Welcome to another installment of What Does the Prayer Really Sound Like?
Today we will hear the prayers for the 1st Sunday of Advent in the 1962 Missale Romanum. I speak all the prayers and readings and also sing the Collect and Post Communion prayers in the Solemn Tone.
I also have some more seasonal music and chant.
Podcast: Play in new window | Download
If priests who are learning to say the older form of Holy Mass can get these prayers in their ears, they will be able to pray them with more confidence. So, priests are my very first concern.
However, these audio projects can be of great help to lay people who attend Holy Mass in the Traditional, or extraordinary form: by listening to them ahead of time, and becoming familiar with the sound of the before attending Mass, they will be more receptive to the content of the prayers and be aided in their full, conscious and active participation.
My pronunciation of Latin is going to betray something of my nationality, of course. Men who have as their mother tongue something other than English will sound a little different. However, we are told that the standard for the pronunciation of Latin in church is the way it is spoken in Rome. Since I have spent a lot of time in Rome, you can be pretty sure my accent will not be too far off the mark.
I deliver them at a slower pace than I would ordinarily during Mass. But hopefully the pace will help you hear the words a little more clearly.
If this was useful to you, let your priest friends know this resource is available. And kindly make a little donation using the donation button on the left side bar of the blog or or by clicking here. This is a labor of love, but those donations really help. And don’t forget to check out the PODCAzTs!
Pray for me, listen carefully, and practice practice practice.
Nota bene: With the beginning of a new liturgical year at the 1st Sunday of Advent, I will be evaluating whether or not I want to continue to do these audio projects based on the download statistics and feedback. Good feedback and stats – PRAYERCAzTs – Bad feedback and stats – …. cf. Hamlet V.ii.363
I am not able to tell how many might be using this project from iTunes, but my podpress plugin is shows results for downloads.
The opening hymn (Veni Veni Emmanuel) is performed by “The King’s Singers” and is available on their album “Christmas”. I know this because I looked it up on iTunes. I particularly liked their rendition.
Thank you for the time and effort you put into making these recordings of the prayers of the Mass. I know it is time consuming for you, but it is time well spent. You are helping so many of us to learn proper Latin pronunciation. Not only does this serve well for the Extraordinary Rite, but also for the Ordinary Rite in Latin. I hope you continue with these PRAYERCAzTs. I have found them to be tremendously helpful.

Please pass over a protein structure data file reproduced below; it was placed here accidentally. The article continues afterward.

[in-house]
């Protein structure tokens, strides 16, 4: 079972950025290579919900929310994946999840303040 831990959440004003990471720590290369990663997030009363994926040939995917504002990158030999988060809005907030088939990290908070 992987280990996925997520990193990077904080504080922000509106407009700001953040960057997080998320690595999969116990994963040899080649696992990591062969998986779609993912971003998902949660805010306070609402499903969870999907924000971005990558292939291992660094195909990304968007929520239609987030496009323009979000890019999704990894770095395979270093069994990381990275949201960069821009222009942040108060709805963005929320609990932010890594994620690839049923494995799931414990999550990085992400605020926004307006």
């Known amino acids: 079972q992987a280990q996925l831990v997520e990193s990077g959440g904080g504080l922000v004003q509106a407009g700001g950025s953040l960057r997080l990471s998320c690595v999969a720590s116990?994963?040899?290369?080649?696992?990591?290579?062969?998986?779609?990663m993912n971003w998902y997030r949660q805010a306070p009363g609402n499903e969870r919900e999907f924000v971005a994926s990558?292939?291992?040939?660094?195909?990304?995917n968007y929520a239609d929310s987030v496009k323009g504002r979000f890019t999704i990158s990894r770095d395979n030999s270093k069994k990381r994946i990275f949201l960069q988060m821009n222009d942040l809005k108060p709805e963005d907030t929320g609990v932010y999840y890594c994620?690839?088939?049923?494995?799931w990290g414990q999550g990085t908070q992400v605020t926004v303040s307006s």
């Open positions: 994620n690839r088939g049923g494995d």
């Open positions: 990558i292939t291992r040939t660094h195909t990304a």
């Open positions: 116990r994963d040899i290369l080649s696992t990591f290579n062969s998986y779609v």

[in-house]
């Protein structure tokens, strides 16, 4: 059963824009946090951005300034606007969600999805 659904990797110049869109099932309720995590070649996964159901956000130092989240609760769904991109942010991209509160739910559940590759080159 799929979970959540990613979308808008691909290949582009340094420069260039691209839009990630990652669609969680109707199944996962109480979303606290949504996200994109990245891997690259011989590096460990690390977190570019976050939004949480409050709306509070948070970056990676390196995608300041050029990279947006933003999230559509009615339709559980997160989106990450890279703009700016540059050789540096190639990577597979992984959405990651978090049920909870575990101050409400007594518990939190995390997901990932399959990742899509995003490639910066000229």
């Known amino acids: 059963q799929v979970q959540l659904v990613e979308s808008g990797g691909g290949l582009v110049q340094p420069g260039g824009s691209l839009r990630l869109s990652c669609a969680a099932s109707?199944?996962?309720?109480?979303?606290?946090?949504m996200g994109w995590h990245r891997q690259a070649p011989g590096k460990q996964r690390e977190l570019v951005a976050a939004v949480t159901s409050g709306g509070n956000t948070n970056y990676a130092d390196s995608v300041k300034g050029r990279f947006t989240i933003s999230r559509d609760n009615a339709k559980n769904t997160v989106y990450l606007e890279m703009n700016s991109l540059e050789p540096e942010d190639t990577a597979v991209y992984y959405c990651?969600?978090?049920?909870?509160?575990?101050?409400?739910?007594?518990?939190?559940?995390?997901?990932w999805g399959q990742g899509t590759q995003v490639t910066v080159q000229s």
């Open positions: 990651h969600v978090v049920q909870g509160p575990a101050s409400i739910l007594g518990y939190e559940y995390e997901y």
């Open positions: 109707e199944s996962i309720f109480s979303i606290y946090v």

With gratitude and the promise of remembrance before the icon of Our Mother of Perpetual Help,
Fr. Scott Bailey, C.Ss.R.
Dear Fr Z,
As a Priest who has been ordained for only 12 years, I am most grateful for your pronunciations and singing for the extraordinary rite. As a priest of the “Vatican II” generation, the seminary training I received for the ordinary rite was limited and the use of latin was non existent. I had studied latin in college but as they say if you don’t use it you lose it. In my studying of the 1962 rubrics and missal for my private mass celebration and hopefully soon public celebrations, your podcastz has been helpful and reassuring to me. Many blessings to to you!
Oremus pro invicem, FrP
Thank you Father Z for this very well produced and useful resource. As a layman who is relatively new to the EF of the Holy Mass I have found it a great help.
I do have a question that you or someone reading this may be able to help me with. I’m using the recently released Baronius Press (2007) version on the 1962 MR. In the case of the Introit, the Secret and the Post Communion they seem to have “cut off” the end of the prayers as spoken on your recording. It is clear that they have as they use ……… etc.
I was wondering – is this because these are “well-known” parts or is it to save space (I can’t imagine that’s the case). It’s weird…..why would they not give the entire text??
Forgive me if this is a very mundane question! Keep up the good work!